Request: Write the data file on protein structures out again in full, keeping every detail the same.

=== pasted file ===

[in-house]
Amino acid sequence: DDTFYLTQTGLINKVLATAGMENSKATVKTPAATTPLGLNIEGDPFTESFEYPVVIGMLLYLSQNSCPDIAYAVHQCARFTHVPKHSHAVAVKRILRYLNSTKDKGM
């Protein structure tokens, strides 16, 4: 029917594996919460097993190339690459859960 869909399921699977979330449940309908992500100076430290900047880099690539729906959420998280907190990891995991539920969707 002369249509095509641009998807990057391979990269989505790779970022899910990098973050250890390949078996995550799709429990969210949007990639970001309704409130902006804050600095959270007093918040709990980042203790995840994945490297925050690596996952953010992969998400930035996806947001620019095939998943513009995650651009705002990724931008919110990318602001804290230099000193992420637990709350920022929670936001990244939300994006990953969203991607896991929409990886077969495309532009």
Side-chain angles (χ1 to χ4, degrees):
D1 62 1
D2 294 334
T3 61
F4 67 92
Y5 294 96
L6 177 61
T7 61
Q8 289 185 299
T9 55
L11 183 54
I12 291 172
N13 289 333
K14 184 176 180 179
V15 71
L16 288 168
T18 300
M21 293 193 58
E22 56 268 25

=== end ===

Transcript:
[in-house]
Amino acid sequence: DDTFYLTQTGLINKVLATAGMENSKATVKTPAATTPLGLNIEGDPFTESFEYPVVIGMLLYLSQNSCPDIAYAVHQCARFTHVPKHSHAVAVKRILRYLNSTKDKGM
């Protein structure tokens, strides 16, 4: 029917594996919460097993190339690459859960 869909399921699977979330449940309908992500100076430290900047880099690539729906959420998280907190990891995991539920969707 002369249509095509641009998807990057391979990269989505790779970022899910990098973050250890390949078996995550799709429990969210949007990639970001309704409130902006804050600095959270007093918040709990980042203790995840994945490297925050690596996952953010992969998400930035996806947001620019095939998943513009995650651009705002990724931008919110990318602001804290230099000193992420637990709350920022929670936001990244939300994006990953969203991607896991929409990886077969495309532009």
Side-chain angles (χ1 to χ4, degrees):
D1 62 1
D2 294 334
T3 61
F4 67 92
Y5 294 96
L6 177 61
T7 61
Q8 289 185 299
T9 55
L11 183 54
I12 291 172
N13 289 333
K14 184 176 180 179
V15 71
L16 288 168
T18 300
M21 293 193 58
E22 56 268 25